Thursday, September 1, 2011

Strike, crash, boom

Remember when our house got struck by lightning a couple of years ago right around Thanksgiving. Well, when the lightning was jetting around from our house through all the electricity lines around the farm, it ended up jumping to one of our very tall fir trees and swirling up (or was it down?) the tree in a beautiful spiral.

It left behind a long spiral burn mark on the tree starting thick at the bottom (this is why I think it went up) and peetering out fairly near the top. The force of the strike also split off the top of this very majestic fir and sent it flying into the pasture below where it pierced the grass like a skewer. All in all, very dramatic.

And while we admired the beauty of the burn mark, and the power of the lightning, we feared it would kill the tree. All last year we watched as the tree slowly lost it's vitality. Late last winter it finally died.

Ever since then, Steve's been itching to get out there and cut it down, But last winter and spring the pasture was too wet. When it dried out this summer Becca was in the middle of her daycamp sessions.  And with Becca's campers around he didn't dare fall it in case it got hung up or something on the way down. Trees can be unpredicatable in how they fall and he didn't want to create an unsafe situation that he might not be able to get back to for a few days. Thank you Steve.

So today, his first day out of the office since Becca finished her camps, he jumped at the chance to cut that tree down.  He bought some extra equipment because the tree was so big, he didn't want to take any chances.  He spent sometime on youtube watching professionals fall especially large trees. And then this morning he spent a couple of hours diddling around inside, which I later figured out was his way of gearing up because it was a big, dangerous job and he wanted to do it right.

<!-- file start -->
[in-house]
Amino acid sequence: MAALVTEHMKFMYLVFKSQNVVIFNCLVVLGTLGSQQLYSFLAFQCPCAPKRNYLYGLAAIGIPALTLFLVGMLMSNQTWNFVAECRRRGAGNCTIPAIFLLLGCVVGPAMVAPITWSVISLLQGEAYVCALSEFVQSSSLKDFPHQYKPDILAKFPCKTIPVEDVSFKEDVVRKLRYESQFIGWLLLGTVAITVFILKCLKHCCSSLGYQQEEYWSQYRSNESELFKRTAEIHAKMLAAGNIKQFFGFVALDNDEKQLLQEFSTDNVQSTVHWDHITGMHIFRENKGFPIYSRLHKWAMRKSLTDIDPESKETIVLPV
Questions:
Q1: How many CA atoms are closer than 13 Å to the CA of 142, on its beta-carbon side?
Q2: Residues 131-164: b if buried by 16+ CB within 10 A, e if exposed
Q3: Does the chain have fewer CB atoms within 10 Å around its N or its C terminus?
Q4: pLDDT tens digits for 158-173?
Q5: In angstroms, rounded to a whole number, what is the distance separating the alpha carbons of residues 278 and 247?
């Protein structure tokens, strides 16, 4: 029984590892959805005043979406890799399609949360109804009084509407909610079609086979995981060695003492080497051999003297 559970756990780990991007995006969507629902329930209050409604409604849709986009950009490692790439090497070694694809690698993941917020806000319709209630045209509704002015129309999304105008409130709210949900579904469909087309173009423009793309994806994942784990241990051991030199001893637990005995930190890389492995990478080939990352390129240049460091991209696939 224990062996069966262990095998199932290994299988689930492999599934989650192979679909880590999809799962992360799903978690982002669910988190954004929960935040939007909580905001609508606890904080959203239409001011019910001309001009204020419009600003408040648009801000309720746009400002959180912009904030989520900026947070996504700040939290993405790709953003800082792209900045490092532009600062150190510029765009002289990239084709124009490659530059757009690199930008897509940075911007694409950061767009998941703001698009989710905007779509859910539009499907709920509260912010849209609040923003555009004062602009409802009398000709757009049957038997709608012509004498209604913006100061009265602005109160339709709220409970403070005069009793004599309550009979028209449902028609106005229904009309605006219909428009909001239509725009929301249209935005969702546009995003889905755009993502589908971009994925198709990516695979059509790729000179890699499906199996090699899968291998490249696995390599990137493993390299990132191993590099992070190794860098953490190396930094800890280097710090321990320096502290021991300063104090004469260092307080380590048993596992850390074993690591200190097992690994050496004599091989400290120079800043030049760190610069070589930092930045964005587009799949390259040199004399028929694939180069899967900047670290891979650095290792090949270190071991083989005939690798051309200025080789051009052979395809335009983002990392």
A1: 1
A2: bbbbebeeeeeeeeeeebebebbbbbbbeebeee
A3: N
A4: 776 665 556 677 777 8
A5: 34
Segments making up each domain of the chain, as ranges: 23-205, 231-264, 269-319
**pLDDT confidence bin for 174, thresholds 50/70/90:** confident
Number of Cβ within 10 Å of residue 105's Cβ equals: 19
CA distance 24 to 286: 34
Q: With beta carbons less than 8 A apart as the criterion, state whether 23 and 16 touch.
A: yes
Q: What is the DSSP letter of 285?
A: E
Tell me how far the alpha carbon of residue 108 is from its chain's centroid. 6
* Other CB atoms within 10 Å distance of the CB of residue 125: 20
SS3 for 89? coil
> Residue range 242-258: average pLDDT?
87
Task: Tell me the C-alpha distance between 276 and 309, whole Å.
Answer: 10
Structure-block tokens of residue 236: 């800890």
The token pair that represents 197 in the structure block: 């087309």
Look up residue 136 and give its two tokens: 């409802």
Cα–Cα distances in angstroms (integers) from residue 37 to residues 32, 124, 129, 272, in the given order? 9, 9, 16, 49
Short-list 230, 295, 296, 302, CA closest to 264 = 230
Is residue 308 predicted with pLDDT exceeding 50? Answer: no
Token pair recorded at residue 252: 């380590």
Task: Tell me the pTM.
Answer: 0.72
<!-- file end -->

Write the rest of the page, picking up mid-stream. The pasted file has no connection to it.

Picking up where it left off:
Then he made us promise to keep the puppies inside the house, shoe-ed Becca and I out of the pasture where we were picking blackberries and then asked Aidan to come out and help. I made Steve promise to watch out for Aidan.

About 15 minutes after he started sawing, the chainsaw stopped and I heard this very loud CRACK. And then a louder boom. I saw the tree go by out of the corner of my eye and I knew it was down. We went outside (leaving the puppies in still) to investigate and there was the tree. Lying all the way across the pasture exactly where Steve said he was going to drop it,

Good job Steve,

It took the whole rest of the day (with many helpers) to clean up and stack the slash and limbs which will make good firewood this winter. That's a lot of tree to take that long to clean up.

Now he is in search of a portable mill because he would really rather make some wood than firewood out of this beautiful tree. Let's hope he finds one.

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